TALLAHASSEE — A Senate proposal to scuttle large parts of a controversial toll-road plan was fast-tracked Friday to the House floor.

With little comment, the House Appropriations Committee supported the proposal (SB 100) to do away with much of the plan – dubbed the Multi-use Corridors of Regional Economic Significance, or M-CORES – pushed through in 2019 by then-Senate President Bill Galvano, R-Bradenton.

The 2019 law called for building a toll road from Collier County to Polk County; extending Florida’s Turnpike to connect with the Suncoast Parkway; and extending the Suncoast Parkway from Citrus County to Jefferson County.

The Senate proposal, sponsored by Senate Transportation Chairwoman Gayle Harrell, R-Stuart, would eliminate the road between Collier and Polk counties, while requiring plans to extend the turnpike west from Wildwood to the Suncoast Parkway and to lay out a route that would weave the Suncoast Parkway north along U.S. 19 to connect with Interstate 10 in Madison County.

The Senate proposal relies in part on recommendations of task forces that looked at the road projects last year. Also, lawmakers have cited economic effects of the COVID-19 pandemic, which included forcing the Department of Transportation to trim a work program.

“The key thing we need to do right now, especially after the pandemic we’ve had over the last year and seeing some of the revenue that the department hasn’t gotten over the last year because of people not paying gas taxes, we want to make sure we have the dollars to spend on the existing infrastructure we have in place,” Rep. Jayer Williamson, R-Pace, said.

Lindsay Cross, representing the Florida Conservation Voters, said the proposal is “clearly” an improvement on the M-CORES program, but questions remain about the new road layouts. Environmental groups have fought the 2019 law because of concerns about sprawl and damage to natural habitats.

“To be clear, SB 100 is better than the current M-CORES program, which is a budget-busting boondoggle. Most notably, this bill takes the southwest-central corridor (the road between Collier and Polk counties) off the table so that panthers can breathe a little easier,” Cross said. “It also has less aggressive timelines, but it leaves on the table a new turnpike extension, which in all likelihood will be quite similar to the northern turnpike M-CORES toll roads. The extent of road upgrades needed along U.S. 19 is also unknown. Both of these areas are rich in natural resources and springs.”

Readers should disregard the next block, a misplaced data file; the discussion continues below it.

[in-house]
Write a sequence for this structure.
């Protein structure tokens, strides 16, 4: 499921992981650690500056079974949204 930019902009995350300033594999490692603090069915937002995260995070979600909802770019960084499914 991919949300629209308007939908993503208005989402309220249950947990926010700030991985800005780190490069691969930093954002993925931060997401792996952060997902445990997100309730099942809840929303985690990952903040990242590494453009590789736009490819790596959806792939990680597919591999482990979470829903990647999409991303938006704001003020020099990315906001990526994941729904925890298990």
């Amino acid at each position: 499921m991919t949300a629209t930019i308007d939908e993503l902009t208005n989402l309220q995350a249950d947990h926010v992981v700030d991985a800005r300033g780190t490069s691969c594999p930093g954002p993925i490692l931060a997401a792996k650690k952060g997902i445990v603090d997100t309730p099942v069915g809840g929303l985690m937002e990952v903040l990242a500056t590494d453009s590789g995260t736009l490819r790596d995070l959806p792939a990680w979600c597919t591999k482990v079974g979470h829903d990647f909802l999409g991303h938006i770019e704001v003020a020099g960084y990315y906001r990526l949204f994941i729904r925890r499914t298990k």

Cross added that legislative efforts to “strip growth management and preempt local municipalities from doing what’s right for their residents makes it harder or near impossible to grow smartly in a way that damages less of our irreplaceable natural areas.”

The task forces, which spent about 15 months reviewing the M-CORES projects, sent a report to lawmakers in November calling for a deeper dive into the future traffic needs of the state.

They also suggested lawmakers direct the Department of Transportation to further determine if the M-CORES projects would reduce congestion on Interstate 75; establish how the roads would be used for disaster evacuations and response; consider the economic pluses and minuses in shifting traffic into rural regions; work with local governments so utility and broadband expansions meet existing policies about urban sprawl; and protect environmentally sensitive resources such as springs, wetlands, and floodplains.

The M-CORES projects were promoted by Galvano as a way to help handle future growth, and he linked the roads with adding broadband and other infrastructure.

Under Harrell’s proposal, transportation officials would develop a plan that would extend the Suncoast Parkway north along U.S. 19 by the end of 2035.

The bill also would direct transportation officials to start project-development and environmental work on an extension of the turnpike from where it ends now in Wildwood. They would have to submit a report to legislative leaders and the governor on the project by the end of 2022.

The M-CORES projects, if they continue, are slated to be completed by 2030.

The bill would include non-tolled alternatives for local traffic along U.S. 19; require property owners impacted by the roads to get at least one access point for each mile of land owned; and seek to avoid dividing historic minority communities.

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